prices are expensive, imagine Danish tourist prices. I satisfied my hunger with a 'Fransk hotdog' from one of the prolific '
Pølser vendors'
found on the streets of Copenhagen. From there, into the town square, where a giant ice rink had been constructed, and families skated
together around the ragged, choppy ice. A zamboni would have been a great addition...I'd never seen ice in such a state. From there, we
biked through the city, along the river, and into several parks, where among other things we saw a Viking ship constructed for the kids.
You see the biggest kid of all jealously guarding it at bottom left. If I look unusually heavy, it's probably the many layer of clothes I wore!






View From My Window- Highway E20, 12/23/08


Danish Design- One of the best parts of this country. The Danes seem to find clever, intriguing ways to make their
live just a little bit easier. Below you see a 'smoking cabin' from the Copenhagen airport, with enough room to fit six
or so smokers without bothering those around them. Next you see a sign for an underground parking garage with a
digital readout showing the number of spots left. The city square boasts a giant neon thermometer so you're able to
see just how cold you are...and finally, Tim demonstrates one of Copenhagen's  'cykel rampes',  thin metal channels
found along the edges of stairs that make it easier to walk you bike up (or down) each flight. Whether it's furniture,
toys, or even a  coffeemaker,  I find myself continually impressed how Danes turn simple objects into a work of art.




J
anuary 7-10- Tough week. Mechanical problems and sub-zero temps were responsible for our water getting contaminated and
causing illness in over a third of the crew, or between 120-150 crew members.  Below you can read the 'official information'  that
our main office in Mosbach put out. Due to a large amount of younger (read: dramatic) crewmembers, we sometimes have to put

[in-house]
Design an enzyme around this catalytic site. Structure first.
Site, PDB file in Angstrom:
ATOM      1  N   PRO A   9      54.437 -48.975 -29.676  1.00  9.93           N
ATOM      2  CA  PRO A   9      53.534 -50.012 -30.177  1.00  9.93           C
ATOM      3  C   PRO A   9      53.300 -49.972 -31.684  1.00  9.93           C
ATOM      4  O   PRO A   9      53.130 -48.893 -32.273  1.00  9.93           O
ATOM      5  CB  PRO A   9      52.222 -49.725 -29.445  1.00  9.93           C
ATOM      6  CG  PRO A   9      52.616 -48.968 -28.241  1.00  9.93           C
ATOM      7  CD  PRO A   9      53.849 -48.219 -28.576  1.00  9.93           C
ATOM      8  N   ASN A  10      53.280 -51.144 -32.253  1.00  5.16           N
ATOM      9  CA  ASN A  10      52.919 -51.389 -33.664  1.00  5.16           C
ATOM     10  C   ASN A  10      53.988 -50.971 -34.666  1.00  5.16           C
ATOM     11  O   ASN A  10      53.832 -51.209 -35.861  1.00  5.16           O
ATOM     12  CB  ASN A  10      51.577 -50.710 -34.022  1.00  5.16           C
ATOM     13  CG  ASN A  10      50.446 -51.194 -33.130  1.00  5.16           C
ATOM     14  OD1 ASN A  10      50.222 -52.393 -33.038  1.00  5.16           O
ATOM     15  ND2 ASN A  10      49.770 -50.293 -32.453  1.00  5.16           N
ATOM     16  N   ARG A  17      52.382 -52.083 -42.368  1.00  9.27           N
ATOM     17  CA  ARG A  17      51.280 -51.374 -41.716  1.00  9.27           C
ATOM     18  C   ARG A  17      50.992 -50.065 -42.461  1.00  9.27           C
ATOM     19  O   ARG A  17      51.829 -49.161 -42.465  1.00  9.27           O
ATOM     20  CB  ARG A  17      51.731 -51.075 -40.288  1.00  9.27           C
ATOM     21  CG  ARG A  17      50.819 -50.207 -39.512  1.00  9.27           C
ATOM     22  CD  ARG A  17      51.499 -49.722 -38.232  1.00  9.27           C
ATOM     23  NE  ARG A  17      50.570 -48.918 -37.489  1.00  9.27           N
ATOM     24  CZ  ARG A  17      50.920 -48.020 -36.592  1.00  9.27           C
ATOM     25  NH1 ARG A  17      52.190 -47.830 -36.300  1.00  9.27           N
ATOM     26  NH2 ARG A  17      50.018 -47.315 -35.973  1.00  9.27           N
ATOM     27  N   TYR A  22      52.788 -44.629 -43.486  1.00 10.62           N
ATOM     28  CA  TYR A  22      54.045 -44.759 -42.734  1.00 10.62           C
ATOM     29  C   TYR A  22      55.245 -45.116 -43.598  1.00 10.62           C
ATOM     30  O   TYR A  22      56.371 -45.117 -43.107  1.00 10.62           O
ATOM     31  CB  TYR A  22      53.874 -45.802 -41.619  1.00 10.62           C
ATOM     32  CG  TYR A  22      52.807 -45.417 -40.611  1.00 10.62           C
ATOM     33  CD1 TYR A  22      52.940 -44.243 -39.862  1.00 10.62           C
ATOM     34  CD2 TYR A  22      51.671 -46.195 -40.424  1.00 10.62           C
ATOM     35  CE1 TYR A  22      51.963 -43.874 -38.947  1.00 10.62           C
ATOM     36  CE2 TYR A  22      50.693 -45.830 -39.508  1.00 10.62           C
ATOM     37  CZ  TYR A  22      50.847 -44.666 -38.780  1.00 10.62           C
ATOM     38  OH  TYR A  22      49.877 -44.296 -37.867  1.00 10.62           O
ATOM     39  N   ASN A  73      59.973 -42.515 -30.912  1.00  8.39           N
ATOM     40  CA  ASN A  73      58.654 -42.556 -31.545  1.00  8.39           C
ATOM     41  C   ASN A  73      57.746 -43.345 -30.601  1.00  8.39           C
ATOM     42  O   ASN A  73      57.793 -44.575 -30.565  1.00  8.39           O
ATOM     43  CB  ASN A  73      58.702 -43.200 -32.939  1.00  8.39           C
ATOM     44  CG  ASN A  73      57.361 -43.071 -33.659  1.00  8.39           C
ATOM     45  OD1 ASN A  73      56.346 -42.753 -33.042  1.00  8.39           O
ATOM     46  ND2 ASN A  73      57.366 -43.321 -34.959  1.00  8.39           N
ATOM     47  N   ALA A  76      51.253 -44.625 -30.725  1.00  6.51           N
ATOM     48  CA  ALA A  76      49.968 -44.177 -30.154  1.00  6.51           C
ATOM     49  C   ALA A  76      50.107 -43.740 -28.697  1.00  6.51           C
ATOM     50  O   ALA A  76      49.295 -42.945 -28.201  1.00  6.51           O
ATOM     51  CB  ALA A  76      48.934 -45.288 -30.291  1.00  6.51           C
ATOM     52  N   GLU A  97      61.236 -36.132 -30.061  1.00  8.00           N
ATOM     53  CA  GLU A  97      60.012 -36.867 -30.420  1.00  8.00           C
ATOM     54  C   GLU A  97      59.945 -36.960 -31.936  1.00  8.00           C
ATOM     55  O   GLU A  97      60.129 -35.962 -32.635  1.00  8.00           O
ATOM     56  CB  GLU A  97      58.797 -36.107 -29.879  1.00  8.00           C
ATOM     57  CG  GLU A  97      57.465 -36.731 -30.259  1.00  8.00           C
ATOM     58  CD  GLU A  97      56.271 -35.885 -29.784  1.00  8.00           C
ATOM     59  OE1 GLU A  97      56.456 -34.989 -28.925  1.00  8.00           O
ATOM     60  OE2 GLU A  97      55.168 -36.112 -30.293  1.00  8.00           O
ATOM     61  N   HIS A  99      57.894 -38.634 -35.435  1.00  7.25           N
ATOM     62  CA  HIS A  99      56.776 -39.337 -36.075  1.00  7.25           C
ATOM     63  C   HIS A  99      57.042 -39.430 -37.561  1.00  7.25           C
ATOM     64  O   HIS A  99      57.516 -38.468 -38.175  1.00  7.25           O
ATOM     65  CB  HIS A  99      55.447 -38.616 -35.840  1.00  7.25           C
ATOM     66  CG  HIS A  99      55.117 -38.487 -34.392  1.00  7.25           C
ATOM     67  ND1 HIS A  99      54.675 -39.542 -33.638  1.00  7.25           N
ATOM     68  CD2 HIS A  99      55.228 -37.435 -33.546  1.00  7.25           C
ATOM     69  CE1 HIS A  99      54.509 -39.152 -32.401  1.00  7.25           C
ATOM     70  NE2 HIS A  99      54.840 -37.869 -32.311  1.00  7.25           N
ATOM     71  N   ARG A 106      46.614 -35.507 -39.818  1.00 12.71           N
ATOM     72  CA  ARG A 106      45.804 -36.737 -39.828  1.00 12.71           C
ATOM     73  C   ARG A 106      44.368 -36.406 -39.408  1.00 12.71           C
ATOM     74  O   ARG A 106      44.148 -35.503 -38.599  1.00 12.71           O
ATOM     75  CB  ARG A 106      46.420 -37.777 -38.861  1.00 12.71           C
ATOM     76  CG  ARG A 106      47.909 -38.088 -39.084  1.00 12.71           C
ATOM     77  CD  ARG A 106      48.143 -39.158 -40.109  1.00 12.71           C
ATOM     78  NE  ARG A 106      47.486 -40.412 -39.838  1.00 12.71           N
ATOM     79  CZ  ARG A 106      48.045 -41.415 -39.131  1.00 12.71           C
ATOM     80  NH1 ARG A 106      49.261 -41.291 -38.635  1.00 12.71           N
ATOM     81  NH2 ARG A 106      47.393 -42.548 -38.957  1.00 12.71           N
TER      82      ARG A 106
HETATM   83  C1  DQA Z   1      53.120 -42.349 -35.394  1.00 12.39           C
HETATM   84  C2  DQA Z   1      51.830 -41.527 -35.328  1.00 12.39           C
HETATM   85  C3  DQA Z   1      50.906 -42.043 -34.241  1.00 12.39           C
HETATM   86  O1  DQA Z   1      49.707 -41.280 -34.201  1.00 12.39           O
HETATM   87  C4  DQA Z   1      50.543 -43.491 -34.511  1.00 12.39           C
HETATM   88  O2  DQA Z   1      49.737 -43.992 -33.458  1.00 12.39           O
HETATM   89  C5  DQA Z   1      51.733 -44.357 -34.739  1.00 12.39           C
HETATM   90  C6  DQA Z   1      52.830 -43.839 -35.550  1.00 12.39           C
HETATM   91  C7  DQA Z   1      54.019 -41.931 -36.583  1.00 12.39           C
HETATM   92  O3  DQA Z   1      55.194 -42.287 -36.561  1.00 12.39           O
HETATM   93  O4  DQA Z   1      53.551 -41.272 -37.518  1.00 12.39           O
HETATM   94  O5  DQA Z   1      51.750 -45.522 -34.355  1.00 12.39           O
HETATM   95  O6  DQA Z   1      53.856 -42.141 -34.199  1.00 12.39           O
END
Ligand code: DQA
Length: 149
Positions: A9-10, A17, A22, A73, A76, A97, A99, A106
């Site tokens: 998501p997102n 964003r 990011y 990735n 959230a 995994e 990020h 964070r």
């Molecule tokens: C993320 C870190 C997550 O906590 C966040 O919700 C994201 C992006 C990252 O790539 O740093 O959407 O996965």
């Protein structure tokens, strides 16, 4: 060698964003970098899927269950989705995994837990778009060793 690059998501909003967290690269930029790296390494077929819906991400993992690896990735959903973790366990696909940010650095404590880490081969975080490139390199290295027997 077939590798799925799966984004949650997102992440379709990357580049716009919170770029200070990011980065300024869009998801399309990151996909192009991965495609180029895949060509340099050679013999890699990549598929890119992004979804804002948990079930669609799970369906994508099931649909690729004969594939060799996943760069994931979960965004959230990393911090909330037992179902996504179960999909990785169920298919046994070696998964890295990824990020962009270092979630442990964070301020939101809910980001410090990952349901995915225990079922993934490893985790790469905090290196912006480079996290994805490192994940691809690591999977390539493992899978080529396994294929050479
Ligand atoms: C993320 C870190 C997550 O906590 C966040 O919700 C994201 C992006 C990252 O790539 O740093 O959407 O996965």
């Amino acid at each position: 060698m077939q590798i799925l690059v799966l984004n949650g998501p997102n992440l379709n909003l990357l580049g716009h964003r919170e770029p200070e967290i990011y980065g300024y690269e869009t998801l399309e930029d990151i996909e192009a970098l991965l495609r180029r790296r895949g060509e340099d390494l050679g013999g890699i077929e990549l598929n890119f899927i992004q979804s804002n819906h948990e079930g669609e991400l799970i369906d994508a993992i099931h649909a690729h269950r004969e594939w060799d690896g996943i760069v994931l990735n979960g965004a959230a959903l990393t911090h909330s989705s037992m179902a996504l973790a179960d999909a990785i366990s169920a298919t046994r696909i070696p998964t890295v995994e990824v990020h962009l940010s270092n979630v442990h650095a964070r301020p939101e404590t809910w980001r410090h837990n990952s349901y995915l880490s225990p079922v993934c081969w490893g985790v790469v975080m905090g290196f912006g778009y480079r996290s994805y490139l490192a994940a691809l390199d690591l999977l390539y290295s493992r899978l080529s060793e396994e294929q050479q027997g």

out official notices like this, lest we get flooded with calls from panicking family members around the world who have read about
a 'Plague Ship' on blogs, websites, and Facebook.Thank God I was not affected, as we have
the Big Lifeboat Inspection on
 Monday, and much more work left to do. Both my workers were sick, and I was fighting to get some help. I managed to finish on
Friday afternoon, and it looks like the boats are ready for inspection. The Second Officer has returned from Belfast, so he'll resume
his duties as Safety Officer, which reduces my workload significantly, and gives me more time to occasionally update this website.

Dear friends and co-workers,                                                                                                                                                                                    
On Monday this week (5 Jan), a frozen waste water discharge pipe led to the fresh water supply on Logos Hope becoming contaminated. Action was
taken immediately to rectify the situation with the supply switched from the affected tank and chlorine levels in the system being increased.  Everyone on
board was told only to drink specially treated water from the dining room and mess, & bottled water was made available to children and elderly people